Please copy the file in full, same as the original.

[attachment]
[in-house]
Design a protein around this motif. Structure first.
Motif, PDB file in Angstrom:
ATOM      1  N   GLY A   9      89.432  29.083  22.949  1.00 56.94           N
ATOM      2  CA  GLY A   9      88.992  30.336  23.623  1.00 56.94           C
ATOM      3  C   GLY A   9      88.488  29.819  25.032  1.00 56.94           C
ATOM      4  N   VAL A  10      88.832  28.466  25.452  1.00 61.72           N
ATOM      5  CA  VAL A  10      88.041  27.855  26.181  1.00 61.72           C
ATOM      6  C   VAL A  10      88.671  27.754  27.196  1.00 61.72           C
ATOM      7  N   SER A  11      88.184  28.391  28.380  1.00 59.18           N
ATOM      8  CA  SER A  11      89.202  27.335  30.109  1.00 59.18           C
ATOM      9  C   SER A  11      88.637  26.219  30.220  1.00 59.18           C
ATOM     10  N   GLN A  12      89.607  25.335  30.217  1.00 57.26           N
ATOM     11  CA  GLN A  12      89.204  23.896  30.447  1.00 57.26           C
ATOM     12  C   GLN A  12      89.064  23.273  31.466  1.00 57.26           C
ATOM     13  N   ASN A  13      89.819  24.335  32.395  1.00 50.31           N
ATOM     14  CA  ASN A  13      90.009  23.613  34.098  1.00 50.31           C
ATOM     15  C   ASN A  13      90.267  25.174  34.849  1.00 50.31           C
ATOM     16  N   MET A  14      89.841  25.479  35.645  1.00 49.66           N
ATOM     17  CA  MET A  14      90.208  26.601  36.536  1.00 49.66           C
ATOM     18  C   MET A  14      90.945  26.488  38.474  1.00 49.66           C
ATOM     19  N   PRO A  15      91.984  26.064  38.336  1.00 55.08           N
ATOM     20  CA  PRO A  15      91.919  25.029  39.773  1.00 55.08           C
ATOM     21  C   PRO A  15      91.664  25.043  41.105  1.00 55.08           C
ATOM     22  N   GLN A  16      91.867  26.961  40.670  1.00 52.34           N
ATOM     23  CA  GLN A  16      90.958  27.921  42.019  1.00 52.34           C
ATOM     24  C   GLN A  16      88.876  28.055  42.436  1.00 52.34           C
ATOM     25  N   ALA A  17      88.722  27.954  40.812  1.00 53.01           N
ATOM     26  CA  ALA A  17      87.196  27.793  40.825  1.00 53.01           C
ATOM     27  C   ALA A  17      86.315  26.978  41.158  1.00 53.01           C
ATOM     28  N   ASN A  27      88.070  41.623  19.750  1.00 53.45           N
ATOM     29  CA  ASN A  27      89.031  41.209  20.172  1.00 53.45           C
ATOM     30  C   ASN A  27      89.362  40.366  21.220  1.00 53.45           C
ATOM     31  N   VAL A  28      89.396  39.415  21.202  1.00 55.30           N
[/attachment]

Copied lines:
[in-house]
Design a protein around this motif. Structure first.
Motif, PDB file in Angstrom:
ATOM      1  N   GLY A   9      89.432  29.083  22.949  1.00 56.94           N
ATOM      2  CA  GLY A   9      88.992  30.336  23.623  1.00 56.94           C
ATOM      3  C   GLY A   9      88.488  29.819  25.032  1.00 56.94           C
ATOM      4  N   VAL A  10      88.832  28.466  25.452  1.00 61.72           N
ATOM      5  CA  VAL A  10      88.041  27.855  26.181  1.00 61.72           C
ATOM      6  C   VAL A  10      88.671  27.754  27.196  1.00 61.72           C
ATOM      7  N   SER A  11      88.184  28.391  28.380  1.00 59.18           N
ATOM      8  CA  SER A  11      89.202  27.335  30.109  1.00 59.18           C
ATOM      9  C   SER A  11      88.637  26.219  30.220  1.00 59.18           C
ATOM     10  N   GLN A  12      89.607  25.335  30.217  1.00 57.26           N
ATOM     11  CA  GLN A  12      89.204  23.896  30.447  1.00 57.26           C
ATOM     12  C   GLN A  12      89.064  23.273  31.466  1.00 57.26           C
ATOM     13  N   ASN A  13      89.819  24.335  32.395  1.00 50.31           N
ATOM     14  CA  ASN A  13      90.009  23.613  34.098  1.00 50.31           C
ATOM     15  C   ASN A  13      90.267  25.174  34.849  1.00 50.31           C
ATOM     16  N   MET A  14      89.841  25.479  35.645  1.00 49.66           N
ATOM     17  CA  MET A  14      90.208  26.601  36.536  1.00 49.66           C
ATOM     18  C   MET A  14      90.945  26.488  38.474  1.00 49.66           C
ATOM     19  N   PRO A  15      91.984  26.064  38.336  1.00 55.08           N
ATOM     20  CA  PRO A  15      91.919  25.029  39.773  1.00 55.08           C
ATOM     21  C   PRO A  15      91.664  25.043  41.105  1.00 55.08           C
ATOM     22  N   GLN A  16      91.867  26.961  40.670  1.00 52.34           N
ATOM     23  CA  GLN A  16      90.958  27.921  42.019  1.00 52.34           C
ATOM     24  C   GLN A  16      88.876  28.055  42.436  1.00 52.34           C
ATOM     25  N   ALA A  17      88.722  27.954  40.812  1.00 53.01           N
ATOM     26  CA  ALA A  17      87.196  27.793  40.825  1.00 53.01           C
ATOM     27  C   ALA A  17      86.315  26.978  41.158  1.00 53.01           C
ATOM     28  N   ASN A  27      88.070  41.623  19.750  1.00 53.45           N
ATOM     29  CA  ASN A  27      89.031  41.209  20.172  1.00 53.45           C
ATOM     30  C   ASN A  27      89.362  40.366  21.220  1.00 53.45           C
ATOM     31  N   VAL A  28      89.396  39.415  21.202  1.00 55.30           N